China's CNOOC hopeful on Nexen bid; raises full-year output goal

Thu Oct 25, 2012 6:05am EDT
 
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By Charlie Zhu

HONG KONG (Reuters) - CNOOC Ltd, China's top offshore oil and gas producer, said on Wednesday it was working to win regulatory approval from Canada this year for its $15.1 billion bid for energy producer Nexen.

"Our team is still working to obtain approval," Chief Financial Officer Zhong Hua told reporters on a conference call about CNOOC's third-quarter results. "We still expect to get the approval by the end of the year."

His comments came days after Ottawa held up Malaysian state oil company Petronas' $5.2 billion bid for Canada's Progress Energy Resources Corp, a move that raised concerns that the Chinese offer for Nexen - which would be China's biggest overseas takeover - could also be blocked.

Under a barrage of questioning from reporters, Zhong said CNOOC had submitted all the documents requested by Canadian and U.S. regulators for the proposed deal. He declined to elaborate further.

A senior industry source told Reuters that CNOOC was shocked by Canada's decision last weekend to block the Petronas bid, but remained hopeful it would win Canada's backing for its own deal.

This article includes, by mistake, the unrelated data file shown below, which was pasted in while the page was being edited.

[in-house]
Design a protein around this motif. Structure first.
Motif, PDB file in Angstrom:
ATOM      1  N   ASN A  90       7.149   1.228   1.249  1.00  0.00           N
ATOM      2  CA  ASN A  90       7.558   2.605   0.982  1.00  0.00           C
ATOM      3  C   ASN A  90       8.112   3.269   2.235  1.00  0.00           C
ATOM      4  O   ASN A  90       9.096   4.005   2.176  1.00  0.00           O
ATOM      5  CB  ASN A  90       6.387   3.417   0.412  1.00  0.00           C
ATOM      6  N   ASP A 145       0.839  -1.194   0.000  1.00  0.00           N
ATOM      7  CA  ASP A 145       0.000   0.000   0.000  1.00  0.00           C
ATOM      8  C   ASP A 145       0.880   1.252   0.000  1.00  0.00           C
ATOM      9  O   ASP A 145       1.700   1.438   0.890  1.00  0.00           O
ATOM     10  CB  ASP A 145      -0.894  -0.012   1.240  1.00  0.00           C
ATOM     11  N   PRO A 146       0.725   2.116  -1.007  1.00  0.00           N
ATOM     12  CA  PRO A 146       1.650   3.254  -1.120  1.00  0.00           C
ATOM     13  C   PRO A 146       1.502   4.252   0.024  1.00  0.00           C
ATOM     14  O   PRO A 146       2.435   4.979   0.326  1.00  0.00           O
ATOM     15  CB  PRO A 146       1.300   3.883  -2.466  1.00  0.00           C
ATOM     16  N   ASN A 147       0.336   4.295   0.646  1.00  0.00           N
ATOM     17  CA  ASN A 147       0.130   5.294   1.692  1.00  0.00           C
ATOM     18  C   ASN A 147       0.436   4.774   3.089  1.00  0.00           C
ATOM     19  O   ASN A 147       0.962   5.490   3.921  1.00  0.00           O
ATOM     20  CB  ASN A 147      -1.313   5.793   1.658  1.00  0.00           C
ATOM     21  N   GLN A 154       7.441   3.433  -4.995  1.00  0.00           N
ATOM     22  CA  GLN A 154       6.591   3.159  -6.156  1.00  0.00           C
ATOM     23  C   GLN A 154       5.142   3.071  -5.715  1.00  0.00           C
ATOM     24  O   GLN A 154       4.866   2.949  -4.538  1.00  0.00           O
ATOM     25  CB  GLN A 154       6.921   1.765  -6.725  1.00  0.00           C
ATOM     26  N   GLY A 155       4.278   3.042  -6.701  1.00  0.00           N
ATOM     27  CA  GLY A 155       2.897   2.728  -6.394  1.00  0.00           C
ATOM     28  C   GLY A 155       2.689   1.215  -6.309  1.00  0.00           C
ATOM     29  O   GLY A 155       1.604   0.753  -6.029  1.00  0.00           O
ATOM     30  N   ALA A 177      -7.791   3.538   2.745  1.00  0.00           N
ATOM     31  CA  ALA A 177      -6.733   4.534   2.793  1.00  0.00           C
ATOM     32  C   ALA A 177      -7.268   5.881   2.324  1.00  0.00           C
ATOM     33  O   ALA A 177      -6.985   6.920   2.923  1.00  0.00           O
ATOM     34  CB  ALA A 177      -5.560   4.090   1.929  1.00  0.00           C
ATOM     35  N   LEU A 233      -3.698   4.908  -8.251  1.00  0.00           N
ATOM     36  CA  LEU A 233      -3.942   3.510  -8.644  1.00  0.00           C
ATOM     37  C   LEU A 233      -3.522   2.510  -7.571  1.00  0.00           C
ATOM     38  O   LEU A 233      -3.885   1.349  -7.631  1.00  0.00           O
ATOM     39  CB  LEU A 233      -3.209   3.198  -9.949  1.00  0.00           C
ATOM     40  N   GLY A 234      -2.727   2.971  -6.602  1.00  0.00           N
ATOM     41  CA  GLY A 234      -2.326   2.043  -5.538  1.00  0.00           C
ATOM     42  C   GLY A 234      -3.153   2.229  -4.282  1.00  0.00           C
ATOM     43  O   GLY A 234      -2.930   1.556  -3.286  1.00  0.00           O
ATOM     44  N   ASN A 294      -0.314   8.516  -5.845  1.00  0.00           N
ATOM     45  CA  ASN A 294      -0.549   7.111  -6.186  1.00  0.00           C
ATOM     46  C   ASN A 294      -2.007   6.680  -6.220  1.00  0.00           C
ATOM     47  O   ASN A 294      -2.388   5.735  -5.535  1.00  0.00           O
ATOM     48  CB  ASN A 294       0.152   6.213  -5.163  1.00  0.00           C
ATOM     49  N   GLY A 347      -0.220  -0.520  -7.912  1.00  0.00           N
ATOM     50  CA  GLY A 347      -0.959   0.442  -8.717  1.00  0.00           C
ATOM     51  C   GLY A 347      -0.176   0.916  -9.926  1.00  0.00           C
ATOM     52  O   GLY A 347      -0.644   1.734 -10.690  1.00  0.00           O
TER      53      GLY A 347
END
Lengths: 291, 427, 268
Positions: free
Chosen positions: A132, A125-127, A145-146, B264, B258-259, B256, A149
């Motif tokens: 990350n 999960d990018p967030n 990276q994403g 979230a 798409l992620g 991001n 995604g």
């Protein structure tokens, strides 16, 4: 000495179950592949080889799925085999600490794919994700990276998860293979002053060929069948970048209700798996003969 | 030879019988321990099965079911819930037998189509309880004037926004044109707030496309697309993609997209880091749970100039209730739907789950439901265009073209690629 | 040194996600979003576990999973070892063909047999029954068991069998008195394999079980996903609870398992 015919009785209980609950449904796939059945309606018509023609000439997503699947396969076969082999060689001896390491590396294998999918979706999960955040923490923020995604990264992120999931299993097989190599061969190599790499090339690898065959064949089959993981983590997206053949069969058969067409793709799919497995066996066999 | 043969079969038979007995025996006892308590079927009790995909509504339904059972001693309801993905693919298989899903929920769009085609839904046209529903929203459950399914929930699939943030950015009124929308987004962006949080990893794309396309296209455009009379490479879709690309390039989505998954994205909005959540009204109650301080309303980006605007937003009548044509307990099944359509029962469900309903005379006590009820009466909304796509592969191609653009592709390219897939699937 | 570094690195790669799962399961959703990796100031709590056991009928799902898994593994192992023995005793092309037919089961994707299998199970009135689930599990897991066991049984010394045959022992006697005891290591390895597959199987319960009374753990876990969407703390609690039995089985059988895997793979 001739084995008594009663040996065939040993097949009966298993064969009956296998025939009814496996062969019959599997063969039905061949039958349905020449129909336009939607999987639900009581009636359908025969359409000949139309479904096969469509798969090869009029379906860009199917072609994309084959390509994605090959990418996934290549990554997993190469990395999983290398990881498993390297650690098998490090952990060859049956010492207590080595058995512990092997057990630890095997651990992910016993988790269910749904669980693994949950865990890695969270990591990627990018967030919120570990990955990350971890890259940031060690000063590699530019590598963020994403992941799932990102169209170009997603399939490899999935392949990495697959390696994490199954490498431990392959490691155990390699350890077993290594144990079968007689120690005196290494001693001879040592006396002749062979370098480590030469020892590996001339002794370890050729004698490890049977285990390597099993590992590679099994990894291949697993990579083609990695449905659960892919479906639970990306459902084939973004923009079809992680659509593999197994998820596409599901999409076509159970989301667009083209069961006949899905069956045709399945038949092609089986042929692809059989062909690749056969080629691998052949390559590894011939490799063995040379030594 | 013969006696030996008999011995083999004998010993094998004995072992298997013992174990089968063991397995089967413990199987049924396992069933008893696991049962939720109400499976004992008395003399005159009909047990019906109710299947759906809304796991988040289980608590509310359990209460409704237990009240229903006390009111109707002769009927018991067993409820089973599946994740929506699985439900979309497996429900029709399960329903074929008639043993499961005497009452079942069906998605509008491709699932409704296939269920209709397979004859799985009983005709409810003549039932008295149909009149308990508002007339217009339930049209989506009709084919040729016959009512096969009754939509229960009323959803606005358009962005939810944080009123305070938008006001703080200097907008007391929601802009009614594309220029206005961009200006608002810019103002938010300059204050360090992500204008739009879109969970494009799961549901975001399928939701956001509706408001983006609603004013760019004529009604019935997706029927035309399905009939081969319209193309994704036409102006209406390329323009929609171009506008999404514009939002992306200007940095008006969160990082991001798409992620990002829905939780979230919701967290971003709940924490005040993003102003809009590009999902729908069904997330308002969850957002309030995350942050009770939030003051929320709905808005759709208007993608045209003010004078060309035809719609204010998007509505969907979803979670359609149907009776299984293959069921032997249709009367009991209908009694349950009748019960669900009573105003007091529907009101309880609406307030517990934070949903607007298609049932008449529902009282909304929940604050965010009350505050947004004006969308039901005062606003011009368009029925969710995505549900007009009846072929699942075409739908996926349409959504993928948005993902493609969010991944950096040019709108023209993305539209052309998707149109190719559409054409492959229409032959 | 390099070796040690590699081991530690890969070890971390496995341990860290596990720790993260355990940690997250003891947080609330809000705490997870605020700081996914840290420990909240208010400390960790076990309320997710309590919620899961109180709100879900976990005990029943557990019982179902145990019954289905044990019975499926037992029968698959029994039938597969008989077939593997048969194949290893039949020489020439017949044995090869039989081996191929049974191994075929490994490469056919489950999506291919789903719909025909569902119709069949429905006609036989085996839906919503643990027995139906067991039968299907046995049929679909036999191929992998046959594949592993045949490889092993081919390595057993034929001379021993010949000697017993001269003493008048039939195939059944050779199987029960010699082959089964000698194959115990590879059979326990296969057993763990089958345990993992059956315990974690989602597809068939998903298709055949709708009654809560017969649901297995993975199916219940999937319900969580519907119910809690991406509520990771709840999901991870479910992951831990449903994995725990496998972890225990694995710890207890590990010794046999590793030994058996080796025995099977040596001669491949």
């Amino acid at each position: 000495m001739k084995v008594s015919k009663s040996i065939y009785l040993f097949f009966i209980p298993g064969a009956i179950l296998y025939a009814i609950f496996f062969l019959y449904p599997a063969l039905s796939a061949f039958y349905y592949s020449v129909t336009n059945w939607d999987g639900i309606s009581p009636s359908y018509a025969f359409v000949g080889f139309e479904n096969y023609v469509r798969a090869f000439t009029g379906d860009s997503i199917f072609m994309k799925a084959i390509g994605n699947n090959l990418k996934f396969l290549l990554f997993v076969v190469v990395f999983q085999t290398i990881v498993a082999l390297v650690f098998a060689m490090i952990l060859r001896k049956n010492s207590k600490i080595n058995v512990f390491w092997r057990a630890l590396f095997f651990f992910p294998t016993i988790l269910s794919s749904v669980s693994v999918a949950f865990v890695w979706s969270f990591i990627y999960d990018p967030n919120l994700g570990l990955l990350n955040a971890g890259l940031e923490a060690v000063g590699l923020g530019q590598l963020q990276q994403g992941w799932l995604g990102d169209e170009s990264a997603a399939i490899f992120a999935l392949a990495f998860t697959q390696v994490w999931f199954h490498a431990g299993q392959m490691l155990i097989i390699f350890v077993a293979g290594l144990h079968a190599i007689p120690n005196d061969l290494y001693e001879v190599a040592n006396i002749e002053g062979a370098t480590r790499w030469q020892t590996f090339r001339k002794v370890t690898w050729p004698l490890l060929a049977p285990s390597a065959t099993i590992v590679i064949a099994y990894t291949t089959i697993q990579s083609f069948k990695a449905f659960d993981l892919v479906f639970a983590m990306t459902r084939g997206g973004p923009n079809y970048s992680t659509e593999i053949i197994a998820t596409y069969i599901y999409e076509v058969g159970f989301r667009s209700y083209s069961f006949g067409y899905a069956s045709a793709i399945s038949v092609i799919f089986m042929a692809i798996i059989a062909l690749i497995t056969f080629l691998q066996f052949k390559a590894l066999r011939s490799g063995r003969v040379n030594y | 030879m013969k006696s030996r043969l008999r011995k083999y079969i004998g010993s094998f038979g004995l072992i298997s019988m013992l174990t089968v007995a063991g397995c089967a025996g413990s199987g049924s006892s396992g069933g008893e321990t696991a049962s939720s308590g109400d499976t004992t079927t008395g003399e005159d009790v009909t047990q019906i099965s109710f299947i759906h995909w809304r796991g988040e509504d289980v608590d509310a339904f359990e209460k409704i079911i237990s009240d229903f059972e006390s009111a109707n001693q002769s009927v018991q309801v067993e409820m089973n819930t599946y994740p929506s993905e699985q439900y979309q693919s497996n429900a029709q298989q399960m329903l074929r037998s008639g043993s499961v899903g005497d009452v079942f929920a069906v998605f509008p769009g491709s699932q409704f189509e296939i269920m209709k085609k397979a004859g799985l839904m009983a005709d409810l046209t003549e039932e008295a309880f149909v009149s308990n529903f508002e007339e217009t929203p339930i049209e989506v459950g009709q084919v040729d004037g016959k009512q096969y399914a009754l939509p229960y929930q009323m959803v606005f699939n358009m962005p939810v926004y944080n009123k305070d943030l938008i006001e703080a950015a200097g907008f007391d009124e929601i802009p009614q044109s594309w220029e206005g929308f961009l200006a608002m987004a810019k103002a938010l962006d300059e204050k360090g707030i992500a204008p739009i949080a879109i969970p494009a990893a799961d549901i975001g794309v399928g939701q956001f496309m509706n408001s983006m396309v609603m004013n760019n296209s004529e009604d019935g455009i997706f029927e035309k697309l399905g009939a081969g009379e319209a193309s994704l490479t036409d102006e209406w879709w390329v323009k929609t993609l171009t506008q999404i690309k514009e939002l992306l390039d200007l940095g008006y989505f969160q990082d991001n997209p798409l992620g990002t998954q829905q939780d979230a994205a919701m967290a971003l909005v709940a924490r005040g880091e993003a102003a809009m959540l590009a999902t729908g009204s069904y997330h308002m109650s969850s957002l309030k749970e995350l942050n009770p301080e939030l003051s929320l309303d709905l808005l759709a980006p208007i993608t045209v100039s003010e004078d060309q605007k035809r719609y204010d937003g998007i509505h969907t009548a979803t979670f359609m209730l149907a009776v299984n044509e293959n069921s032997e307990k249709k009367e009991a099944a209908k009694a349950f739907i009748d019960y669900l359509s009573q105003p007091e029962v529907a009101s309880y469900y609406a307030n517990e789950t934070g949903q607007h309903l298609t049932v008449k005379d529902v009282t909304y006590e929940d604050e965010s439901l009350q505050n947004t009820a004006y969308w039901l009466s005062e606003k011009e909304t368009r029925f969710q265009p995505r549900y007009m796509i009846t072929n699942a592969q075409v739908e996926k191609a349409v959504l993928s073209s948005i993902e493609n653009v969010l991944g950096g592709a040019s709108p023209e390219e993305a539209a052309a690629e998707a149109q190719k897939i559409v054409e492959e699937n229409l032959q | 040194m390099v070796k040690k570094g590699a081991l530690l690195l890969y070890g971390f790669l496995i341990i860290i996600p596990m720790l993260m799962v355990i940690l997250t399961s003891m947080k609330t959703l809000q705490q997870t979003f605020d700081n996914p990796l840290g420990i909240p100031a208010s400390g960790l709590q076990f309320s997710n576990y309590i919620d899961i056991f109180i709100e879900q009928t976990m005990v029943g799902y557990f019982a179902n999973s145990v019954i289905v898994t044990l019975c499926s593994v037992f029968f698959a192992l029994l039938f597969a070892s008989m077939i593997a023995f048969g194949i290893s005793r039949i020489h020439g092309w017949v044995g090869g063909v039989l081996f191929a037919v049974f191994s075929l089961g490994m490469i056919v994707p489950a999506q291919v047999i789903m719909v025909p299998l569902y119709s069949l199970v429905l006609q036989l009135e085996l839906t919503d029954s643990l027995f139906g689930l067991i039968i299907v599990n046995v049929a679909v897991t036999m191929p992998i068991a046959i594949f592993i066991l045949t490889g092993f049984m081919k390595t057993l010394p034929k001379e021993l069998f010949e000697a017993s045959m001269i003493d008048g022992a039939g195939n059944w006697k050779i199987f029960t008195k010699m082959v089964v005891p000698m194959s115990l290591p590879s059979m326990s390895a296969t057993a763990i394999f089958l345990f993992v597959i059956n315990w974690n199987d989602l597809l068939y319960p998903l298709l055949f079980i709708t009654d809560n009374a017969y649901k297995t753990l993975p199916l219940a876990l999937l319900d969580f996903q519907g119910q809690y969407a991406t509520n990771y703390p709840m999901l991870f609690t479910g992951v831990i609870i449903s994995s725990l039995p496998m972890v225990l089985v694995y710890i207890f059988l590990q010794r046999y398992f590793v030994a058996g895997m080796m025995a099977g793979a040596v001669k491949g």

"It's a shock to everybody, but when you look more at the detail you feel it's not as bad as it looks," said the source, who asked not to be named as he was not authorized to speak to the media. He noted the Canadian government needed time to rechart its policy on foreign takeovers of Canadian companies.

CNOOC is confident its bid will go through as only about a quarter of Nexen's assets are in Canada, while Progress Energy's operations are centered in Canada, the source said, adding Canada needs China to help develop its vast oil sands industry and buy its crude oil.

"This is a hugely different deal," he said, noting also that CNOOC had promised to keep all of Nexen's staff, list shares in Toronto and make Calgary the headquarters for CNOOC's operations in the Americas.   Continued...

 
The man stands at the front desk of the headquarters of China National Offshore Oil Corp (CNOOC) in Beijing July 25, 2012. REUTERS/Jason Lee